Inter-Research > MEPS > v719 > p1-40  
Marine Ecology Progress Series

via Mailchimp

MEPS 719:1-40 (2023)  -  DOI:

From diatoms to killer whales: impacts of pink salmon on North Pacific ecosystems

Gregory T. Ruggerone1,*, Alan M. Springer2, Gus B. van Vliet3, Brendan Connors4, James R. Irvine5, Leon D. Shaul6, Matthew R. Sloat7, William I. Atlas7

1Natural Resources Consultants, Seattle, WA 98199, USA
2College of Fisheries and Ocean Sciences, University of Alaska Fairbanks, Fairbanks, AK 99775, USA
3PO Box 210442, Auke Bay, AK 99821, USA
4Fisheries and Oceans Canada, Institute of Ocean Sciences, Sidney, BC V8L 5T5, Canada
5Fisheries and Oceans Canada, Pacific Biological Station, Nanaimo, BC V9T 6N7, Canada
61316 3rd St., Douglas, AK 99824, USA
7Wild Salmon Center, Portland, OR 97209, USA
*Corresponding author:

Abstract: In response to a climate regime shift in 1977 and general heating of the North Pacific Ocean, pink salmon Oncorhynchus gorbuscha abundance reached record highs during 2005-2021, comprising 70% of all Pacific salmon. Pink salmon are approximately 25 times more numerous in odd- than even-numbered calendar years in some major North Pacific ecosystems, a unique demographic pattern analogous to repeating whole ecosystem treatment-control experiments. We found compelling examples indicating that in odd years, predation by pink salmon can initiate pelagic trophic cascades by reducing herbivorous zooplankton abundance sufficiently that phytoplankton densities increase, with opposite patterns in even years. Widespread interspecific competition for common-pool prey resources can be dominated by pink salmon, as indicated by numerous biennial patterns in the diet, growth, survival, abundance, age-at-maturation, distribution, and/or phenology of ecologically, culturally, and economically important forage fishes, squid, Pacific salmon and steelhead trout Oncorhynchus spp., seabirds, humpback whales Megaptera novaeangliae, and endangered southern resident killer whales Orcinus orca. In aggregate, the evidence indicates that open-ocean marine carrying capacity in the northern North Pacific Ocean and Bering Sea can be mediated by top-down forcing by pink salmon and by ocean heating, and that large-scale hatchery production (~40% of the total adult and immature salmon biomass) likely has unintended consequences for wild salmon, including Chinook salmon O. tshawytscha, and many other marine species. Further investigation of the effects of pink salmon on other species will increase our knowledge of ecosystem function and the important role top-down forcing plays in the open ocean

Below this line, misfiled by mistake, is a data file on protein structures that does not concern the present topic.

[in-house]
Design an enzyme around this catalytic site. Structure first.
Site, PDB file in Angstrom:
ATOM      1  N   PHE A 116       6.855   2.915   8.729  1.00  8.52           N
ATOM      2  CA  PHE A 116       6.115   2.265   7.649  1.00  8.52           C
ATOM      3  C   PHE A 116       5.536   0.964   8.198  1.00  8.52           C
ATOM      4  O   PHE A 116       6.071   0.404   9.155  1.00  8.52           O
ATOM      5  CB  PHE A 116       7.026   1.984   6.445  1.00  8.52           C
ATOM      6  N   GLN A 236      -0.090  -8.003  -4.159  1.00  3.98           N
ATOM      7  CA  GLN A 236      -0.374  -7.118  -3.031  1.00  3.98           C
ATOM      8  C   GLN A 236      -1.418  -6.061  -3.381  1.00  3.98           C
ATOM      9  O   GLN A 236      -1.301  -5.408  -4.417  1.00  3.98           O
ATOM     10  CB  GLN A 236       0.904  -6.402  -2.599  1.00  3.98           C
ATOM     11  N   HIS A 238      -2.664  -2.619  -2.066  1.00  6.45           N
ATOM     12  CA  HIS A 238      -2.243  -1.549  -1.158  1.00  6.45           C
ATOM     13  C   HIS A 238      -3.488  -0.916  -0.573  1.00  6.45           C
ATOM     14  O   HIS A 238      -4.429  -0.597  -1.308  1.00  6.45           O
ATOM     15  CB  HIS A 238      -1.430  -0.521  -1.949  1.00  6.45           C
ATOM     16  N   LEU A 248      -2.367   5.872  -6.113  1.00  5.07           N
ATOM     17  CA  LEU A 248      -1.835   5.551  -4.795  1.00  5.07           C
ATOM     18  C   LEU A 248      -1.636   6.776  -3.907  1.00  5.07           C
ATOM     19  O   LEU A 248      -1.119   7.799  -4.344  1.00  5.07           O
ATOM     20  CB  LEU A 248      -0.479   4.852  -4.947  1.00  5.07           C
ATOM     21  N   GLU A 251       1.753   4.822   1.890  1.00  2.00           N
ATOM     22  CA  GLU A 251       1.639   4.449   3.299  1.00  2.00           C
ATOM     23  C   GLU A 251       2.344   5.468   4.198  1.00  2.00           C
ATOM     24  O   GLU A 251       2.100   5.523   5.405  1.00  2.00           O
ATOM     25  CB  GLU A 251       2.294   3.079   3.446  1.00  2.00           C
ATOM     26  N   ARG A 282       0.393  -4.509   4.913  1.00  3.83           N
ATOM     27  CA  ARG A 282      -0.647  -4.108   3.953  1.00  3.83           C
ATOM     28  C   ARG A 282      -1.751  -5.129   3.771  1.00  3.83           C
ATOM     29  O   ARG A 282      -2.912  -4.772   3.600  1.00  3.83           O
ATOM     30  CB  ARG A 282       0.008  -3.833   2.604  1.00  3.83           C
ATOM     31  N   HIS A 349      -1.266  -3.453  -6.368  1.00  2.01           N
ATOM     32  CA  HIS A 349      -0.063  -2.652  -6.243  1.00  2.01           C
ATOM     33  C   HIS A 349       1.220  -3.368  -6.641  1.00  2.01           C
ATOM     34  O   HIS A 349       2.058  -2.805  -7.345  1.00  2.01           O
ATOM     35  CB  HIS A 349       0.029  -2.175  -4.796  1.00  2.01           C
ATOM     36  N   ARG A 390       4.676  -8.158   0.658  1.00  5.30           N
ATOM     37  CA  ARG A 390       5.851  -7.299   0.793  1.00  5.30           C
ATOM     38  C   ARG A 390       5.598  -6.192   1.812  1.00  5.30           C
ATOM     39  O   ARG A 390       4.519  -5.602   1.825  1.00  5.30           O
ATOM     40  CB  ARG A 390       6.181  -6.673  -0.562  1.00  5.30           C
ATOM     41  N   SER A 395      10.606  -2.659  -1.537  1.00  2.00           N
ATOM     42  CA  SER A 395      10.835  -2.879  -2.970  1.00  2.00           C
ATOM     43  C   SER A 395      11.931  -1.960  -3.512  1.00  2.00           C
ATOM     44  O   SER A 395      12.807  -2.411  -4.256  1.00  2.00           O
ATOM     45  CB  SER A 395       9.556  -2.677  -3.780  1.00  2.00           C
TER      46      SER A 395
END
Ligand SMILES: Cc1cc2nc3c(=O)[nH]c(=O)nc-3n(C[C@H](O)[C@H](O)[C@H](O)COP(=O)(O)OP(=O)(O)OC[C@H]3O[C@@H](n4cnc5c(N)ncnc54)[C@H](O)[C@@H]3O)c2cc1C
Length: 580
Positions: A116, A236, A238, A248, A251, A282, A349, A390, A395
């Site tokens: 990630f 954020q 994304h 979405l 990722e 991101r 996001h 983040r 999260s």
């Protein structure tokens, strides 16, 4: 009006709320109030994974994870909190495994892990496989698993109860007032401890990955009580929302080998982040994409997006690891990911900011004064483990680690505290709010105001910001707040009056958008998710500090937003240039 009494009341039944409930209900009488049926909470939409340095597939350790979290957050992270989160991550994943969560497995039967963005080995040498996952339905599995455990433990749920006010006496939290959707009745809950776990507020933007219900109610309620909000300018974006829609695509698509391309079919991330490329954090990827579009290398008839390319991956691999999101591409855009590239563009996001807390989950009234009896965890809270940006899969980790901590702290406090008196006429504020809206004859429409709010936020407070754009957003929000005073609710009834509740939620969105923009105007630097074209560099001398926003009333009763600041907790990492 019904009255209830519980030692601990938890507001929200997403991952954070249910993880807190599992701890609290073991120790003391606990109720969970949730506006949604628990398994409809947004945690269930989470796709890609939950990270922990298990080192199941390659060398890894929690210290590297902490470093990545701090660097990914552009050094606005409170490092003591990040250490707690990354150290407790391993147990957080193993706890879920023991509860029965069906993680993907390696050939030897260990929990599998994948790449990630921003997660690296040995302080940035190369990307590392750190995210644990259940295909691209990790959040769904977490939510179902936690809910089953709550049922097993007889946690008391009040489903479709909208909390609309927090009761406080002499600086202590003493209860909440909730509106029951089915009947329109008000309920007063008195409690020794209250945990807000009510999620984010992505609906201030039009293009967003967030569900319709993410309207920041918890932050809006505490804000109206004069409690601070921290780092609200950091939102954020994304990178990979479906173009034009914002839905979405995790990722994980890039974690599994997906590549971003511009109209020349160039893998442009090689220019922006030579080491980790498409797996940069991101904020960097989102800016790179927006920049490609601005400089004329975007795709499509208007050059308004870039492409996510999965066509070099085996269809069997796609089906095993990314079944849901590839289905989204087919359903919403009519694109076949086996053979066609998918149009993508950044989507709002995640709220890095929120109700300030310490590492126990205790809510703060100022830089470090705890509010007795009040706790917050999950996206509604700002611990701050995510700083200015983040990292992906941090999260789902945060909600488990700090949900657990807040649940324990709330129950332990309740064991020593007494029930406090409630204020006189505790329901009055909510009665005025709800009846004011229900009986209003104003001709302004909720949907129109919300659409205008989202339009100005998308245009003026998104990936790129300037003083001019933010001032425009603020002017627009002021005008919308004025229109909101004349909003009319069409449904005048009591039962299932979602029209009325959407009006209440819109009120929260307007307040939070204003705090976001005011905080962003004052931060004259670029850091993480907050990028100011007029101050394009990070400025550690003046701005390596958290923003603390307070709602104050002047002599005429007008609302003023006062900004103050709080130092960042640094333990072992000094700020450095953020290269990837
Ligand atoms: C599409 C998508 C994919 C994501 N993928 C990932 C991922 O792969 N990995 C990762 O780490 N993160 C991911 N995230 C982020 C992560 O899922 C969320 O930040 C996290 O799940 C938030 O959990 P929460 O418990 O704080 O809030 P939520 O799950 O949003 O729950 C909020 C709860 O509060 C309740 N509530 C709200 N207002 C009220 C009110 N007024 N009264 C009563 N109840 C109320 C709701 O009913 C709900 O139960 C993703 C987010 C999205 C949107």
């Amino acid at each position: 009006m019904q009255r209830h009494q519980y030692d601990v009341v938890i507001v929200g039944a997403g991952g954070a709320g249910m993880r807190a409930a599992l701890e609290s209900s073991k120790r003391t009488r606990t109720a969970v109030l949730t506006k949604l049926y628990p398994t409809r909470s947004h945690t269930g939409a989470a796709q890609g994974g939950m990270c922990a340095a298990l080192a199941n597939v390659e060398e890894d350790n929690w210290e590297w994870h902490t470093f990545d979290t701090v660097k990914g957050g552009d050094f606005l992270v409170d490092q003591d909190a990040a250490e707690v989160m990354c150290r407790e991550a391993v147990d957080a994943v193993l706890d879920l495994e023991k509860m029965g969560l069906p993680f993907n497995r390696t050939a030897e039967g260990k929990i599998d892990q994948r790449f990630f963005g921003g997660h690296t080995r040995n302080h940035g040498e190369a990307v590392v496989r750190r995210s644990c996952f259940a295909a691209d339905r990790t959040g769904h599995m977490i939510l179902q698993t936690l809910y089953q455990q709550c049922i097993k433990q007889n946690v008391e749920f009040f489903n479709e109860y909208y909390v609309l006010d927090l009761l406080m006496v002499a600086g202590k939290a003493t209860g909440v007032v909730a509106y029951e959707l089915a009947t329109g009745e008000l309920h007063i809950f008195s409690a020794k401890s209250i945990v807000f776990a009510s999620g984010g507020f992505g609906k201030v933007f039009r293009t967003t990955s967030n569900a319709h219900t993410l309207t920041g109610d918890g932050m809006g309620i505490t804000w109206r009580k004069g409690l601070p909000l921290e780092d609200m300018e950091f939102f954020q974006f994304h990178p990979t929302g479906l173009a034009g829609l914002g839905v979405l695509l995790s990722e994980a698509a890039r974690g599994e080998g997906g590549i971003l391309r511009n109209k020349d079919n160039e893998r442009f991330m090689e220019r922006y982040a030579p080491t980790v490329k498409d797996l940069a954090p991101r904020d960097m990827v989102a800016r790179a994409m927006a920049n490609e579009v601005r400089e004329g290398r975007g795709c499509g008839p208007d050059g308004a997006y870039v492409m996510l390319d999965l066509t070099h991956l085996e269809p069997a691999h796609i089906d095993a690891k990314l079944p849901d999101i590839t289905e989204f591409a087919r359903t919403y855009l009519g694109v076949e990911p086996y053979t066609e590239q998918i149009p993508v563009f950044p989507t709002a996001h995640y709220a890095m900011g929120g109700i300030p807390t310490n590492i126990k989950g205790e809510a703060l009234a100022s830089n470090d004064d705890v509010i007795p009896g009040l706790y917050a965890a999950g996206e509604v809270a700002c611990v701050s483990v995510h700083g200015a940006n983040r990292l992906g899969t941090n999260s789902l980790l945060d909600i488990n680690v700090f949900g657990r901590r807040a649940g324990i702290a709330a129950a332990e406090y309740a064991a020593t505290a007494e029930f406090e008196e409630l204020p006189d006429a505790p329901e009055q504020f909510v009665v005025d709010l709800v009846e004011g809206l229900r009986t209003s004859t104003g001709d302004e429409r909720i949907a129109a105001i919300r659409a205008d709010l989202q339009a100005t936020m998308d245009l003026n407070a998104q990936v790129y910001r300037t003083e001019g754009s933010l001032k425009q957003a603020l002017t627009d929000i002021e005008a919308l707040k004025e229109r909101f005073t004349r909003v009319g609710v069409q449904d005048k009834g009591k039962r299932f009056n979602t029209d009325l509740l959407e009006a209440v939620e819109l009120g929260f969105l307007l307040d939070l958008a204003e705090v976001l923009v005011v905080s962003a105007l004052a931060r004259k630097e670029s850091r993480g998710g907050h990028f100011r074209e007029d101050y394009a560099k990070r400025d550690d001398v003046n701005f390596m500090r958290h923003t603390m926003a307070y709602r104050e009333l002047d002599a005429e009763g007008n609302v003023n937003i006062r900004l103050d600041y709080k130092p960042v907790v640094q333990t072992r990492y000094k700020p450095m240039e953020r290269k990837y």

Key words: North Pacific ecosystems · Oncorhynchus gorbuscha · Competition · Trophic cascade · Carrying capacity · Climate change · Ocean heating · Ecosystem services

Full text in pdf format
Supplement 1
Supplement 2
Cite this article as: Ruggerone GT, Springer AM, van Vliet GB, Connors B and others (2023) From diatoms to killer whales: impacts of pink salmon on North Pacific ecosystems. Mar Ecol Prog Ser 719:1-40.

Export citation
Share:    Facebook - - linkedIn

Next article